Plans for a development north of Spokane called Blue Heron Estates have been changed, and a company called Blue Heron Estates LLC now is seeking county approval for a proposed tournament-quality golf course and an upscale, 95-lot housing subdivision there.
If the 420-acre project is approved in time, site work, which could cost as much as $9 million not counting any value from home construction, could start this fall, and the 18-hole Blue Heron Golf & Country Club could open in the spring of 2001, says Spokane developer Pete Rayner, who owns Blue Heron Estates LLC with Lee and Marge England, also of Spokane.
The project, which is to be located immediately south of the Indian Trail Road-Rutter Parkway junction, requires preliminary plat approval and a zone change to residential from general agricultural. The matter is scheduled to be discussed at a June 7 public hearing before the Spokane County Hearing Examiner.
First proposed in 1994, Blue Heron Estates now is starkly different than originally envisioned, Rayner says. New plans call for a higher quality golf course and dramatically fewer housing units.
Developers hope to build links of a caliber that could host major golf events, such as Mens U.S. Open-qualifying tournaments, Ladies Professional Golf Association tournaments, and state amateur championships.
Local promoters would love to bring major golf events to Spokane, but we dont have the course to accommodate them, Rayner asserts. We expect to be in a position to handle those kinds of events.
Rayner, who has conceptually designed the course himself but hasnt hired a course architect yet, says the course would be constructed in a manner that would provide ample space for spectators around tee boxes and greens, and along fairways. For example, preliminary design for the 18th green places it between two hills with gradual slopes, on which a large viewing gallery could stand or temporary bleachers could be erected.
Also, Rayner says an electrical infrastructure would be installed on the course that could provide enough power for television-camera crews and course lighting.
The 72-par course would be 7,200 yards in length, substantially longer than other links in the area. The Creek at Qualchan Municipal Golf Course, a 72-par course that is listed as one of the longer ones in the Spokane area, is about 6,600 yards long. At Blue Heron, however, five tee boxes would be built at each hole, giving players options for starting from shorter distances.
Water hazards would play a factor on several holesthe exact number hasnt been decided yetand large basalt outcroppings would create obstacles on a handful of others.
The clubhouse hasnt been designed yet, but Rayner says it likely would have at least 5,000 square feet of space and would include a pro shop, lockers, a full kitchen, and banquet facilities.
Its possible that the course would be semiprivate, meaning the course would be public, but the operators would sell memberships, and those members would get first choice for tee times, Rayner says.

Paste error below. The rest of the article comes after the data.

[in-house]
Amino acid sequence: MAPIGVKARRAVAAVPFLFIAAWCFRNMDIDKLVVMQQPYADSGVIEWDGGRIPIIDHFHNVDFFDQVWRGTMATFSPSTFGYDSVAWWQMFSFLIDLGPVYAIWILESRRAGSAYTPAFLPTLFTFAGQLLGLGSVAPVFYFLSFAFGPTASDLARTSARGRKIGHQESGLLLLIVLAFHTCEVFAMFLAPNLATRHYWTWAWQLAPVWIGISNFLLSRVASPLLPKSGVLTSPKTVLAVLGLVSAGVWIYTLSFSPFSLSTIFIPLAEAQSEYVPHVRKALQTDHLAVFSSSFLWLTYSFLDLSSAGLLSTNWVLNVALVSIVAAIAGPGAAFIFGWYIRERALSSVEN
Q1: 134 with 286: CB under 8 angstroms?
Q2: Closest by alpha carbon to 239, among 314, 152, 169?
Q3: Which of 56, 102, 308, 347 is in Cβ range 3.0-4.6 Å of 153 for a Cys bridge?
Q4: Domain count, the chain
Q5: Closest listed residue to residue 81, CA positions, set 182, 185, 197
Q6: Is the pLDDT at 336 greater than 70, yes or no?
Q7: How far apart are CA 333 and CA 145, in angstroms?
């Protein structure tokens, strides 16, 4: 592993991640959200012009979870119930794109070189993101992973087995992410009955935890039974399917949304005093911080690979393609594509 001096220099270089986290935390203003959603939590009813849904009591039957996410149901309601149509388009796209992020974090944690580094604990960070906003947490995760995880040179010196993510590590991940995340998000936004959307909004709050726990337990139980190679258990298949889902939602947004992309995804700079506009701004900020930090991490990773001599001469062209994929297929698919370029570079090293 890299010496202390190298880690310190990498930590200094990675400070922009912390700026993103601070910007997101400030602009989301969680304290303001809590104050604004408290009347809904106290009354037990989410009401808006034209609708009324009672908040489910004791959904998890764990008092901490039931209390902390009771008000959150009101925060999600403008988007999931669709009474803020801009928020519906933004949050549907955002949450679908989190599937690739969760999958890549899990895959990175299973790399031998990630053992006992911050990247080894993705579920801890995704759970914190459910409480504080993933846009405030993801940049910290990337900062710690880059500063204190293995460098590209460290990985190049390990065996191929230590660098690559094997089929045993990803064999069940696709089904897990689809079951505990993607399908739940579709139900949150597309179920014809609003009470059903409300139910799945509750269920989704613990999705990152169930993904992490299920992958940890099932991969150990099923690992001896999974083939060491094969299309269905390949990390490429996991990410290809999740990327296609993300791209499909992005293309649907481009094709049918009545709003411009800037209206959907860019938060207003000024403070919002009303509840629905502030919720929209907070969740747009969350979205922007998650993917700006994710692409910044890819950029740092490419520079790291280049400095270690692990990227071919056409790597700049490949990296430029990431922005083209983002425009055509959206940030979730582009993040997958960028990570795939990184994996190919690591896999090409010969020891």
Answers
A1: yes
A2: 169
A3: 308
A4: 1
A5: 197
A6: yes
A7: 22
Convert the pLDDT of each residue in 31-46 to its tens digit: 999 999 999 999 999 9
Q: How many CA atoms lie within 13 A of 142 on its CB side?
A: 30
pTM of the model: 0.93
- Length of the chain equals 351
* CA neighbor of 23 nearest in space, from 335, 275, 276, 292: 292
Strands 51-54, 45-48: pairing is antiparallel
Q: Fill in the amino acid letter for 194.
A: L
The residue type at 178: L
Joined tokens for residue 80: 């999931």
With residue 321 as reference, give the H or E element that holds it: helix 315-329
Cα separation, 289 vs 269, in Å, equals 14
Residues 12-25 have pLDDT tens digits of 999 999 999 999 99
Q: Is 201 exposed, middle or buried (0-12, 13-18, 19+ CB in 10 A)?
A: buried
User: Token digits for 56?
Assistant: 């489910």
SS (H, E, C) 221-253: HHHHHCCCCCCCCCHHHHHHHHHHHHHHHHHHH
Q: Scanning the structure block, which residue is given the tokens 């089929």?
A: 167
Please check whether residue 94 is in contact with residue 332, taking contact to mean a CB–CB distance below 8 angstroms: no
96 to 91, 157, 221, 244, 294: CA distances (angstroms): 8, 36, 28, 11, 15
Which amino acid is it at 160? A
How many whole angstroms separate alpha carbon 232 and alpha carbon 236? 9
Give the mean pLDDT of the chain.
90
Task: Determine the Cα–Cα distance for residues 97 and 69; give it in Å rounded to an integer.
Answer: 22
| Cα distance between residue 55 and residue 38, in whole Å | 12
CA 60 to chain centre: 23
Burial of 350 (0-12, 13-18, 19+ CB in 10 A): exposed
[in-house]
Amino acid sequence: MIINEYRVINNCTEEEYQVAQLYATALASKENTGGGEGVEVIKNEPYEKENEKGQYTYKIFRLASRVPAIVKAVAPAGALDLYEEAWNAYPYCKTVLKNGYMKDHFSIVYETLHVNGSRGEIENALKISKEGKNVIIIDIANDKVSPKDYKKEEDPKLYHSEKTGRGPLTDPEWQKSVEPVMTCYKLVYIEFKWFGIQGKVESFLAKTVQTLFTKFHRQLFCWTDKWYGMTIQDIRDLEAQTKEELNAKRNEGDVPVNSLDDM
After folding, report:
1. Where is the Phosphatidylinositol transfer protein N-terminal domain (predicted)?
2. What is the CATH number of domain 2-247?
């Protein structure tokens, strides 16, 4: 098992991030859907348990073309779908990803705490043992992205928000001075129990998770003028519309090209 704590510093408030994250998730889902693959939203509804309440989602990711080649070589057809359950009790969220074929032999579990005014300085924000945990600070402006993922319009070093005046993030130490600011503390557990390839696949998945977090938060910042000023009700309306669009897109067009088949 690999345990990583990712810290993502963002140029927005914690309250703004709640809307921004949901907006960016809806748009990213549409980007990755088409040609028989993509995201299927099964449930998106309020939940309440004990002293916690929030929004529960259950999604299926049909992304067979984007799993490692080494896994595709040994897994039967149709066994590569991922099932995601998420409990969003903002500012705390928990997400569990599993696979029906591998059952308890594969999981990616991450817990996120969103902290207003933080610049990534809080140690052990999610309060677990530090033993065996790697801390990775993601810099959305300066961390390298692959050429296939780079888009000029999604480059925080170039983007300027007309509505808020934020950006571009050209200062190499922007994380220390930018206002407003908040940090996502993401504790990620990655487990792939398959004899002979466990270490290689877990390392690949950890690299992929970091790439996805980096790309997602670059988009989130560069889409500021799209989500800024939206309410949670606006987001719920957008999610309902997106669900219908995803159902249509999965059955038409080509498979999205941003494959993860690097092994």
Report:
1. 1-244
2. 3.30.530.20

The 95 residential lots planned in the development would range in size from half an acre to three acres. The homes generally would be built along the fairways, but Rayner says they would be set back so as not to interfere with play.
The lots tentatively are set to sell for $60,000 and higher, and homes worth $300,000 or more are expected to be built there.
Rod Plese, owner of Plese Realty LLC and developer of an established, neighboring 700-home subdivision named Sundance Hills, says many of the homes being built in that area already are in higher price brackets, usually between $200,000 and $300,000.
He says he believes there is pent-up demandboth on Spokanes North Side and in the area in generalfor upscale homes located on a golf course.
Moving onto a golf course is a very desirable option in Spokane, says Plese, who has talked to the projects developers about marketing the property. He says all of the lots likely would sell within three years after the golf course is opened.
When Rayner and his partners first proposed developing the property, plans called for a golf course and 1,200 housing units, including 520 single-family homes, 380 apartments, and 300 condominiums.
To make such a development possible, Blue Heron developers joined nearby landowners, including Plese and Spokane developers Harlan Douglass and Buster Heitman, in a proposal to annex into the city a total of 1,700 acres at the northwest edge of town. The city rejected that request, and Blue Heron has redesigned the project in hopes that the county will approve its preliminary plat and zone reclassification.
Before Rayner bought the property, another investment group, Canyon Investments Inc., planned a country club and golf course on the land, but those plans never materialized.
Blue Heron is the second golf development undertaken by Rayner. About five years ago, he opened Beacon Hill Golf, a 20-acre practice and training facility near Esmeralda Golf Course in East Spokane. That facility, includes a driving range and a one-acre putting course.
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